PRESS RELEASE

Industry in a Dither about PFAS in Synthetic Turf

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For Immediate Release: Thursday, October 24, 2019
Contact: Kyla Bennett (508) 230-9933; Jeff Gearhart (734)945-7738; Kirsten Stade (202) 265-7337

Non-Denials and Trade Secret Claims Prompt More Testing of Carpet

Washington, DC — Turf industry groups are in a lather about recent reports of PFAS chemicals in artificial turf blades and turf backing by Public Employees for Environmental Responsibility (PEER) and the Ecology Center. Previously, public health attention focused on the shredded tire infill but has now extended to chemicals in the plastic “blades” covering the fields. PEER and the Ecology Center have amended their Data Quality Act complaint on EPA’s Synthetic Turf Tire Crumb Rubber Report, reiterating the need for federal agencies to examine the carpet itself.

In September, the Ecology Center, working with PEER, found elemental fluorine in artificial turf blades, suggesting that PFAS is an ingredient in the carpet grass fibers or a byproduct of the manufacturing process. It also found specific PFAS chemicals in discarded turf backing and an adjacent wetland. Per-and polyfluoroalkyl substances (PFAS), often referred to as “forever chemicals,” do not break down in the environment and bio-accumulate in the food chain. Human exposures to PFAS are associated with cancer, birth defects, and other impairments.

On October 14, 2019, the Synthetic Turf Council put out a statement that did not deny the presence of PFAS but nonetheless blasted the groups’ “inaccurate, non-verified report using questionable test methods.” Yet, it is hard for industry to dispute that:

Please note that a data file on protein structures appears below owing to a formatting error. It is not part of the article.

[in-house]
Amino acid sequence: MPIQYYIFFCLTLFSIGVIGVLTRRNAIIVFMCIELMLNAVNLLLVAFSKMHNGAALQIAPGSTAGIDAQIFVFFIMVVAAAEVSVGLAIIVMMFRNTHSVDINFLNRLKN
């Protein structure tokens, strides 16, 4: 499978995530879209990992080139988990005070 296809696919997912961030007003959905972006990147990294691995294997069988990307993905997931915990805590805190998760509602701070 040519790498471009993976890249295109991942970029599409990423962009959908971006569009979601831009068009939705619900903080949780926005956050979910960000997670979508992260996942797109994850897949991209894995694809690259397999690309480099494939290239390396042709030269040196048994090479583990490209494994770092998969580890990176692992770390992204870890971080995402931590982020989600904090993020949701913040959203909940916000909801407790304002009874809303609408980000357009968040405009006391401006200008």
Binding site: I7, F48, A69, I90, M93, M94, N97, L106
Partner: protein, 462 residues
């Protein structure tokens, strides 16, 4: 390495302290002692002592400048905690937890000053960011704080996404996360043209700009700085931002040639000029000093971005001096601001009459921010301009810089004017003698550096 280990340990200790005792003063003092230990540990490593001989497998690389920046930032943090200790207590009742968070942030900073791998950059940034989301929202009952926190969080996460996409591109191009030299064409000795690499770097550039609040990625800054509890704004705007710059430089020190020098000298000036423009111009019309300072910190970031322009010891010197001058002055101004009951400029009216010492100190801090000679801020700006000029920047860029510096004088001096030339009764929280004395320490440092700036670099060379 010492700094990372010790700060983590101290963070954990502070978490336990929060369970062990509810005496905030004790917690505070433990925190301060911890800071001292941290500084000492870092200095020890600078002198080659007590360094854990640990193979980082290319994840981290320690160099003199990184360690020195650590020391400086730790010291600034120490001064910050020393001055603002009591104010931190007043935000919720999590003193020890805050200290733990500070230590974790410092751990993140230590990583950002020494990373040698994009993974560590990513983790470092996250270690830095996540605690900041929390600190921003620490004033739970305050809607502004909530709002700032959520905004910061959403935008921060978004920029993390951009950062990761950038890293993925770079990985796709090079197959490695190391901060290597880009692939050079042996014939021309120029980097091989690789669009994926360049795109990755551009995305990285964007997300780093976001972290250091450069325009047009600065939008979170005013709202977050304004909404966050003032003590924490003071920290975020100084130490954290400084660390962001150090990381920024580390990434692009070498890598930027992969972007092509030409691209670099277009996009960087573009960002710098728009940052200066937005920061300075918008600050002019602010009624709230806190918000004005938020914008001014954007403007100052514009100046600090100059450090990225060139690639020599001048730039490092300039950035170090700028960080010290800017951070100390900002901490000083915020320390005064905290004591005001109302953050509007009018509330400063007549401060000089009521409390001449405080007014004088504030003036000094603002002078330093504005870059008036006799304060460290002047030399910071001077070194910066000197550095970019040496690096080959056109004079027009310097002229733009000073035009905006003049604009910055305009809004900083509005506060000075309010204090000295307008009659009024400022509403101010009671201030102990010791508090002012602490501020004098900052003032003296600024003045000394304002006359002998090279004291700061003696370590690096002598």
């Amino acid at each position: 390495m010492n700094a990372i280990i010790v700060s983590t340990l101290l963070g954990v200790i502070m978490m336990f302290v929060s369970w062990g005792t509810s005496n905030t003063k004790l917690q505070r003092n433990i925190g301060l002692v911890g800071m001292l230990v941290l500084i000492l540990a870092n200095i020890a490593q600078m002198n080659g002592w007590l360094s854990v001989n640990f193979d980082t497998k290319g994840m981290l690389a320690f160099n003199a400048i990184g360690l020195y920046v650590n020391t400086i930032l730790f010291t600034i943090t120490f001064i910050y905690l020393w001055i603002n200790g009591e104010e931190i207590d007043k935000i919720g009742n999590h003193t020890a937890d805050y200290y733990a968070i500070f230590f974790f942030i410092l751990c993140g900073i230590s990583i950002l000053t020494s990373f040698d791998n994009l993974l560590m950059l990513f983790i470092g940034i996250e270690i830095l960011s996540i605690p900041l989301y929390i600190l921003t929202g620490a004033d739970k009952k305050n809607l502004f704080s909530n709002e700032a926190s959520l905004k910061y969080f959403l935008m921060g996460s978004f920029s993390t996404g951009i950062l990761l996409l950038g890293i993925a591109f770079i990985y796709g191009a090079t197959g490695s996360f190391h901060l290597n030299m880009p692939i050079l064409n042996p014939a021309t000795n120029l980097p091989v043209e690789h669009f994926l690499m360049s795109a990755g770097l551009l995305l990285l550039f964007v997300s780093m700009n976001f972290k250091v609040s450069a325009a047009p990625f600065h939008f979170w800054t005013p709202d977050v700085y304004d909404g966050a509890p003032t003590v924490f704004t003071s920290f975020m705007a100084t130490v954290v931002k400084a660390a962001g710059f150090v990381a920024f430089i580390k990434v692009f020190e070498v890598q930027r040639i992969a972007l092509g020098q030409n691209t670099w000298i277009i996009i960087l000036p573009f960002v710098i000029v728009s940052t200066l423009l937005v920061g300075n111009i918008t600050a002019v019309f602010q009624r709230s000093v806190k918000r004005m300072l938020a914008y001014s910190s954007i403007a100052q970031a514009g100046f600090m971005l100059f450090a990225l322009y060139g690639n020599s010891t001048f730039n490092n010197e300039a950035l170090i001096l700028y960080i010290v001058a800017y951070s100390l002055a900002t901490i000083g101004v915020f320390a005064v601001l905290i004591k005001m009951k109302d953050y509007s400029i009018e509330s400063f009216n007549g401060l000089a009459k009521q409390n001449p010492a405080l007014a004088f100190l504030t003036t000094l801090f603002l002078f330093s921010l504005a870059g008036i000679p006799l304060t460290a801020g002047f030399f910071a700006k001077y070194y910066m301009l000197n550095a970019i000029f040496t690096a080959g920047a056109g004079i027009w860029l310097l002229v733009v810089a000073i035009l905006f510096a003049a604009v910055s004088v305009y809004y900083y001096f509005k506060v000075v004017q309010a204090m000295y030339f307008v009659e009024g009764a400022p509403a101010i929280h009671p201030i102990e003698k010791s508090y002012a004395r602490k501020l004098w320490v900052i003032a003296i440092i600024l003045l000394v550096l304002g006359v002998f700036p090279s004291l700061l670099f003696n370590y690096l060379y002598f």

• Two specific PFAS substances were found in backing of two different turf samples: one had 6:2 FTSA, the other had PFOA from samples taken by three PhD scientists who collected samples using proper lab protocols;
  • Shaw Industries, one of the companies that produced the turf that tested positive for elemental fluorine, admits, “These chemicals are commonly used by synthetic turf manufacturers as a non-stick agent…. We are exploring alternatives with our technical teams and suppliers but have not yet identified a substitute that provides the non-stick properties required for manufacturing synthetic turf.” (emphasis added); and
  • ACTGlobal also concedes it uses a “fluorelastomer process aid” (likely a PFAS) in the manufacture of synthetic grass.

Significantly, the groups can only test for 36 PFAS because widespread claims of “confidential business information” prevent release of data about hundreds of other PFAS compounds.

“We are asking manufacturers to fully disclose all PFAS chemistry used, including fluoropolymers and any other fluorinated processing aids used in the production of turfgrass fibers and backing,” said Jeff Gearhart of the Ecology Center.  “Industry continues to claim this chemistry is proprietary, however, the public has a right to know.”

Two big concerns about PFAS in the turf blades and backing is the direct chemical exposure to children, and the potential for PFAS to leach off the fields into groundwater, surface water and eventually, drinking water.

“PFAS in synthetic turf should sound alarm bells for parents and for all municipalities with these fields,” stated PEER Science and Policy Director Kyla Bennett, noting that this is also potentially a huge liability concern for industry. “For the health of our children and communities, we urgently need to take a hard look at PFAS in synthetic turf.”

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See PEER and the Ecology’s Center amendment to the complaint

See findings of PFAS in turf

Look at Synthetic Turf Council statement

Read Shaw Statement on PFAS

Read ESTC Statement on PFAS

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